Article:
oldman | Sep 20, 2012 |
Paul Theroux undertook the journey he chronicles in his 1975 book The Great Railway Bazaar at the age of 33. Upon reaching 66, he decides to retrace his steps and undertake the journey by train from London to Tokyo and back again.

Inevitably, in the intervening years the political landscape has changed, meaning he is denied a visa to travel through Iran. Instead, he visits Azerbaijan, Uzbekistan and the quite bonkers Turkmenistan, dominated by the despotic Turkmen Bashi, who insists on putting gold statues of himself up everywhere while his people starve.

Some of the places he does travel to again have changed quite radically. India and China are booming, although Theroux barely disguises his disgust at the exploitation of low Indian wages by western companies. Others are exactly the same: Singapore is still oppressively censored and Japan is portrayed as bland and arid except in its most rural areas, as it was in his earlier book.

Technology makes it easier to stay in touch with home (Theroux returned home after The Great Railway Bazaar to discover his wife at the time had been having an affair in his absence) although in more remote places his Blackberry functions as little more than a torch lighting his way to the bathroom at night on darkened trains.

Also like his other travel books, Theroux hooks up with other writers to help give him insight into some of the places he visits: he dines with Orhan Pamuk in Istanbul and the reclusive Haruki Murakami shows him Tokyo. It feels like namedropping to a degree, as in other places more modest folks in other places prove just as able as guides.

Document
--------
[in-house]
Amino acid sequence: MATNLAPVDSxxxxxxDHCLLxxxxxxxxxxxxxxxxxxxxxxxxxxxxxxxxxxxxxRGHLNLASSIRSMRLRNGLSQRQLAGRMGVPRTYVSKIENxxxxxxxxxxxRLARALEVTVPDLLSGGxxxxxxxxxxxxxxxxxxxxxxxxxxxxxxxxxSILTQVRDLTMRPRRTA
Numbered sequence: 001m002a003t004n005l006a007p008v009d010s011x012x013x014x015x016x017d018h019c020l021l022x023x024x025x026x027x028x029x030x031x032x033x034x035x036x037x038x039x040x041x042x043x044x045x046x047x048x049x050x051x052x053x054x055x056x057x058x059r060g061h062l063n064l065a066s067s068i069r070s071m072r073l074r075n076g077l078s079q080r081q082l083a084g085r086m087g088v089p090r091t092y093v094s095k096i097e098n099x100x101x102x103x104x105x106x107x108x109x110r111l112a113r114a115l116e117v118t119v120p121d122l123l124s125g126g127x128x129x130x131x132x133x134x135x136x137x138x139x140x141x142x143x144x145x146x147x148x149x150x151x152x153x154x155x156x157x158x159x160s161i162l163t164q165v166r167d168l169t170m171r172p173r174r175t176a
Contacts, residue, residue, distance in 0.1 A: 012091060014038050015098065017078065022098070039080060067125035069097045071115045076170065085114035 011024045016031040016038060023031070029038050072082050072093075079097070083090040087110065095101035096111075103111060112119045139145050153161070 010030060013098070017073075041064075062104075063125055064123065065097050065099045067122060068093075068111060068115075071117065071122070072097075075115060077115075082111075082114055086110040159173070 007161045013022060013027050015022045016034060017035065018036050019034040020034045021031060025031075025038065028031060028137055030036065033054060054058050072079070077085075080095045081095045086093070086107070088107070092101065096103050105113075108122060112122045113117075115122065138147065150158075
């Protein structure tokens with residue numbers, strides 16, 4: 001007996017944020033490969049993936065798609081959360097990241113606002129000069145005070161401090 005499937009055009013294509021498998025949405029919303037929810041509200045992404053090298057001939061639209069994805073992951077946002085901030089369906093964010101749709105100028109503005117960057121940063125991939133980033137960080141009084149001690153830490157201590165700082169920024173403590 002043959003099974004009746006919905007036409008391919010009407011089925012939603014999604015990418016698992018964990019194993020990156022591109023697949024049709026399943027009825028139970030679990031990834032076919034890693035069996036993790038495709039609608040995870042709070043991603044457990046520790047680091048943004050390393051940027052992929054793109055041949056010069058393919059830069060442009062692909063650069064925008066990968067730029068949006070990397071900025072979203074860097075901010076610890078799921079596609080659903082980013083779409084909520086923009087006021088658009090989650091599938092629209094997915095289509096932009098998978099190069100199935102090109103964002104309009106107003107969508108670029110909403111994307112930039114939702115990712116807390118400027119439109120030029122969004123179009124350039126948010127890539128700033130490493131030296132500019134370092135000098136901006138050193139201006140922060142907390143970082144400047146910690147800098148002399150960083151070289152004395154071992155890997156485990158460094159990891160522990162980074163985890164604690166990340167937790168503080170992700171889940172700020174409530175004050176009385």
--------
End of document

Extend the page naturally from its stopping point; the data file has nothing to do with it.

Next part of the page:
Theroux’s nose for teasing out points of interest in supposedly dull places and his sometimes undisguised grumpiness give the book a realistic feel: there’s no suggestion that, unlike some other travel writers, Theroux might be embellishing some of his traveller’s tales for literary effect.

I listened to this on audiobook and John McDonough’s excellent narration which really enhanced my enjoyment of it. Ghost Train to the Eastern Star is an excellent example of a master travel writer at work. ( )
  Grammath | Mar 1, 2012 |
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It’s the kind of project that only a man secure in his own self-esteem could undertake: an auto-pilgrimage, a grand ­homme’s homage to, well, himself. But then Theroux has never been overburdened by modesty. Although he has claimed that a prerequisite of traveling responsibly is avoiding arrogance, his previous travelogues have all been pungent with self-regard. “Ghost Train” is no different.
He also keeps up a running argument with the books he reads along the way, to say nothing of his contemporaries (Chatwin never traveled alone, he harrumphs, and neither does bête noire Naipaul). Fans of Theroux will say that he hasn’t lost his touch; the more critical will say that he breaks no new ground. Either way, worth looking into.